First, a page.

I’ve Just Finished Reading: Chariots of the Gods by Erich Von Daniken


Published in 1968, this quickly became a cult classic and has remained so ever since. As a connoisseur of conspiracy theories, this is one of my favourites, despite the majority of what it contains is total codswallop and has been easily debunked. Indeed Von Daniken has been quoted as saying the hypothesis is “still full of holes”.

I last read this many, many years ago and wanted to give it a re reading. Obviously even back then I was highly skeptical, but being one of those people who tentatively believe that somewhere in the universe there’s other life (I’ve always said that it’s the height of arrogance to believe that we are the only forms of life in the entire universe), no matter how unevolved, I wanted to somehow believe.

Sadly there’s not much in the book to believe in. Time and time again, it’s proposed that mankind, thousands of years ago, was incapable of intelligent thought and actions. So much so that any accomplishments must have been down to alien intervention. The pyramids, the 595ft carving in the cliffs at the Bay of Pisco (which he inaccurately claims is 820ft), the megalith walls at Sacsayhuaman, ancient cave paintings of constellations, The Delhi Pillar, The statues at Easter Island, the machine from Antikythera and countless others are all products of alien intervention, and not human ingenuity and intelligence.

He even latches onto a much derided and debunked theory regarding the Piri Reis map containing Antarctica not covered in ice (a quick Google search will show how dubious that theory is). Also quick to exclaim how accurate the map is, perpetuating the myth of the map’s accuracy when in reality, there’s many other maps of the time that are far more accurate (again a quick Google search will give you countless examples of debunking.)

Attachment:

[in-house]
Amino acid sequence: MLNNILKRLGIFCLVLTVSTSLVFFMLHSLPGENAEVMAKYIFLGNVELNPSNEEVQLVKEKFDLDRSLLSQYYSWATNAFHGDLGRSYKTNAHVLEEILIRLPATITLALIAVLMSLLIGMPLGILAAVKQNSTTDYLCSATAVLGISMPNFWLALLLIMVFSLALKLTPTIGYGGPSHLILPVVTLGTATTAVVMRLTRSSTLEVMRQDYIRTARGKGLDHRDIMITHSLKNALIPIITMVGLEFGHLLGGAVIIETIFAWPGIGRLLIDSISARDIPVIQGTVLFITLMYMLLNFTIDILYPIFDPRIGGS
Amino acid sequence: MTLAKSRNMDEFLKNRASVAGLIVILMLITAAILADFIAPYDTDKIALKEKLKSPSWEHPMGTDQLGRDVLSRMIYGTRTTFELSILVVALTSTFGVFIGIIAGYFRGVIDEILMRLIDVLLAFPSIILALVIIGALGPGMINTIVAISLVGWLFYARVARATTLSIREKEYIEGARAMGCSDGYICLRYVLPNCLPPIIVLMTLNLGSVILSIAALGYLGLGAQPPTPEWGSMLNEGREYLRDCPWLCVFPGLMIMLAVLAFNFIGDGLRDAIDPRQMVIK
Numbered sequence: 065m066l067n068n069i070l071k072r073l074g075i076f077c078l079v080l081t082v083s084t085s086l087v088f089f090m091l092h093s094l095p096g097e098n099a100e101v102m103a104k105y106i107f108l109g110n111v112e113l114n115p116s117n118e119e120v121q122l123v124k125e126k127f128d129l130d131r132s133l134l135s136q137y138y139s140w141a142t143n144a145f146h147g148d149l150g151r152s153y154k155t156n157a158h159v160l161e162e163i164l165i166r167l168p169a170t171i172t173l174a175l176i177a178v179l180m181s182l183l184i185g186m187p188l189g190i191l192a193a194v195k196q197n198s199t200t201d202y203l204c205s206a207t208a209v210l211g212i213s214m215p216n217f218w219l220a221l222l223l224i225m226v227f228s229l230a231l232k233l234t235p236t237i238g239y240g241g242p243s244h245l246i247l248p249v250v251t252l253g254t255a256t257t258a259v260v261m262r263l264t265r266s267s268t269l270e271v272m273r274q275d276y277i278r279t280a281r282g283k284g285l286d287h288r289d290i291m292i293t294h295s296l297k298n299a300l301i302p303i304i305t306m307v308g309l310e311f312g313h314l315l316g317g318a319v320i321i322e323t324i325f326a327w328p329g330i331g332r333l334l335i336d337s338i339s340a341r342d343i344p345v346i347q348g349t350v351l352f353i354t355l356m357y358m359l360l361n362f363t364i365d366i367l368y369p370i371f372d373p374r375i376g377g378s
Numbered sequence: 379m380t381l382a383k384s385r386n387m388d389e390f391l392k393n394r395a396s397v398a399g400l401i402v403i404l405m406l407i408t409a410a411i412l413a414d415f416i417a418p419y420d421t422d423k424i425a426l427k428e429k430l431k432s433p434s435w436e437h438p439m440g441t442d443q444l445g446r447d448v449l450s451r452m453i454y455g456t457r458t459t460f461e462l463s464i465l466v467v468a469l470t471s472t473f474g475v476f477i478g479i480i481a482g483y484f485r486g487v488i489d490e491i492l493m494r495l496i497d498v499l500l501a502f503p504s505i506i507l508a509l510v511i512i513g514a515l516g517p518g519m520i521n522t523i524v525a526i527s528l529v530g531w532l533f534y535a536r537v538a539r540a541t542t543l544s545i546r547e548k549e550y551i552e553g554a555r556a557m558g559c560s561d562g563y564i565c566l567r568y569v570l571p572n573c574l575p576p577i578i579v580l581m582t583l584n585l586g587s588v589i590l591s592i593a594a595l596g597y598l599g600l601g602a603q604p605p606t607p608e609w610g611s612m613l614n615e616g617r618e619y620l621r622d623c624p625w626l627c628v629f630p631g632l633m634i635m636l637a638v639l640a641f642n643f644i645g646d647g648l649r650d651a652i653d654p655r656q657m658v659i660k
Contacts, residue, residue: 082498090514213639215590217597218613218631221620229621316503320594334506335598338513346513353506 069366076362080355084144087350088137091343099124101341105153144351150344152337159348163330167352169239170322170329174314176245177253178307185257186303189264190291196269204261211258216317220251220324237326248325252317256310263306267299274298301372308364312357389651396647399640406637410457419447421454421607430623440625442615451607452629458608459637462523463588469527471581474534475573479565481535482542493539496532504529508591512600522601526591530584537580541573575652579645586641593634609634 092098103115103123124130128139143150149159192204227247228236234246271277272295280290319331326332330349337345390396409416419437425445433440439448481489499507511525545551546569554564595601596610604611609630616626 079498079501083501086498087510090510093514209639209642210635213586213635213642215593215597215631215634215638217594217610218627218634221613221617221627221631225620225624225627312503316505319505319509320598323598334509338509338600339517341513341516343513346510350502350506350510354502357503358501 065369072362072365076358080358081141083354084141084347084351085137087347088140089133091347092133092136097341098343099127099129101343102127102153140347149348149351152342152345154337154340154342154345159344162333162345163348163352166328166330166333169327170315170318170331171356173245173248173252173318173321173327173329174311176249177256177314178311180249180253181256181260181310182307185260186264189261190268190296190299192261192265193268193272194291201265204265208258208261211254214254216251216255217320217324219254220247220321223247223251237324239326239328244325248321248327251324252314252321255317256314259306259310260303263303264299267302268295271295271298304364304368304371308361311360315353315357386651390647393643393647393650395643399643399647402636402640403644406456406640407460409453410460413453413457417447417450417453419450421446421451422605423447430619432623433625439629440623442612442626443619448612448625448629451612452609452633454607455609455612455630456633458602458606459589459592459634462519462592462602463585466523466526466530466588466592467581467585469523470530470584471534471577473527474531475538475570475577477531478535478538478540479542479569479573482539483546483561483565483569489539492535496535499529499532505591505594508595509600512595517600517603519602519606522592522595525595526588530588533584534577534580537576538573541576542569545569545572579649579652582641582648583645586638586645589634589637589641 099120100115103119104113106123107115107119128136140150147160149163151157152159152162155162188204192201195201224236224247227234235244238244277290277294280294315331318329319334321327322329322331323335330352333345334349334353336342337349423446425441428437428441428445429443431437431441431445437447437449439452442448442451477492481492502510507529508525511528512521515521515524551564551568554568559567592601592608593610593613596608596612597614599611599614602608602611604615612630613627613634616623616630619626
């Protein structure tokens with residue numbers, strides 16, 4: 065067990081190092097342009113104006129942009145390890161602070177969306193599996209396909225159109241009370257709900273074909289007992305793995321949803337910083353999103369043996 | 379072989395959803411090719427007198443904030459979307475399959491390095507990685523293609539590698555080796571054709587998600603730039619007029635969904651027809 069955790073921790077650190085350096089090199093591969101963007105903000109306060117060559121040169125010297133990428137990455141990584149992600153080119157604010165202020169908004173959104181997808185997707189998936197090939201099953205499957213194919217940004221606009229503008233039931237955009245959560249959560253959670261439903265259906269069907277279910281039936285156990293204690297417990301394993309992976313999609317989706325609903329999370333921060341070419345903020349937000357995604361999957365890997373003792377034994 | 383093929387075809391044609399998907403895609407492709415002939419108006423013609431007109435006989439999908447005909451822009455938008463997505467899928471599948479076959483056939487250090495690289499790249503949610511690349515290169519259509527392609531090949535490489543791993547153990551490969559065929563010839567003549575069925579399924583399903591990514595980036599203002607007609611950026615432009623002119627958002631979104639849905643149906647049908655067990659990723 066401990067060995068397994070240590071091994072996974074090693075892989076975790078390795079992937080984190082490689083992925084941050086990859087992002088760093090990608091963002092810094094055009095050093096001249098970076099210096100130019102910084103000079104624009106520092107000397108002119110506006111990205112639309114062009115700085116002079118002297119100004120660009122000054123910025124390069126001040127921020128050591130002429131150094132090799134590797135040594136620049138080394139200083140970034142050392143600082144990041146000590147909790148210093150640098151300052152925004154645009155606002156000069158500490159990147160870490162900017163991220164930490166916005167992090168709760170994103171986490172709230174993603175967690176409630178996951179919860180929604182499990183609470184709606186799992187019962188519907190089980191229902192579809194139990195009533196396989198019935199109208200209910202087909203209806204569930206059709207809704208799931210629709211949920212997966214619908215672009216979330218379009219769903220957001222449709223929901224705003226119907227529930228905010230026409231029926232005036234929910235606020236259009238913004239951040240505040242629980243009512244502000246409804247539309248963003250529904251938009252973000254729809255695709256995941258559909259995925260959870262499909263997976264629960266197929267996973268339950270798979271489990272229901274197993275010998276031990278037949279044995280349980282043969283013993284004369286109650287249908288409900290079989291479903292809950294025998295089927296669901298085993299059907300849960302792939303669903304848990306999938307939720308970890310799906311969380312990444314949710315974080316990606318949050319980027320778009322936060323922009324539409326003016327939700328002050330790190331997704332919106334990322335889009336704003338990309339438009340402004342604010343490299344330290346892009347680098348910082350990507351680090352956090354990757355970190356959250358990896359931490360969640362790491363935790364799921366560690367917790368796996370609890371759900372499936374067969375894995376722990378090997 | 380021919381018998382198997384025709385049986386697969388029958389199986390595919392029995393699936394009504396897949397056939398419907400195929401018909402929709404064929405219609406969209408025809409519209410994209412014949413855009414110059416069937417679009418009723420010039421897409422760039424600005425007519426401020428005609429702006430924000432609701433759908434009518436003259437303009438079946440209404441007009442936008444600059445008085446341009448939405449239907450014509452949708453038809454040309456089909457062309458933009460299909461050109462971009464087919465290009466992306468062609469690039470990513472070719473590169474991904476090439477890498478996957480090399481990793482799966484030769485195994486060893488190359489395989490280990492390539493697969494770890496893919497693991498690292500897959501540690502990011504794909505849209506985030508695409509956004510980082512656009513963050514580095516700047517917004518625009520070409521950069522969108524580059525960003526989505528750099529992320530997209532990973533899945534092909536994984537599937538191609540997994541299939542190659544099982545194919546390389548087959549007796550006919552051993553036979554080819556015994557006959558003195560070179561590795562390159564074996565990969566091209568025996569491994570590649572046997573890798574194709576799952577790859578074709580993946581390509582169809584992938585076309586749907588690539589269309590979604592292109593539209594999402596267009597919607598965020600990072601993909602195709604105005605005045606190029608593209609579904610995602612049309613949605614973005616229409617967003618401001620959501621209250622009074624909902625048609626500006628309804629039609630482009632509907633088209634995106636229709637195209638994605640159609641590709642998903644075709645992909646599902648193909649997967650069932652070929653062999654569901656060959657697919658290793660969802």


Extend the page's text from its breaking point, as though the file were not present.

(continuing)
In this age of easy access to information, all you need in order to check out how ridiculous his examples of “proof” really are, is access to Google. However in 1968, when writing that kind of book, you really need notes citing your sources. All that is provided is an unindexed bibliography. A lot of what he claims is seemingly plucked from the air and no sources cited. He even goes as far to say (when talking about the ark)

“Without consulting Exodus, I seem to remember that the Ark was often surrounded by flashing sparks…”

This despite previously going into Exodus at some length. Why, when trying to provide examples supporting your hypothesis, would you not consult the material you’re referring to?

However, despite all the preposterous claims, something else stands out more so. His unerring and constant criticism, decrying and general bitterness to established archeology and it’s practitioners. The book is peppered with examples of scorn and what makes this laughable is that it’s very obvious, very quickly that this bitterness is born out of resentment that his hypothesis was rejected by a lot of learned people.

However, despite all of the above, the similarities between global religions is worth some consideration. And he does raise the odd thought provoking points. If you take the book with a huge pinch of salt, it’s a very entertaining read.

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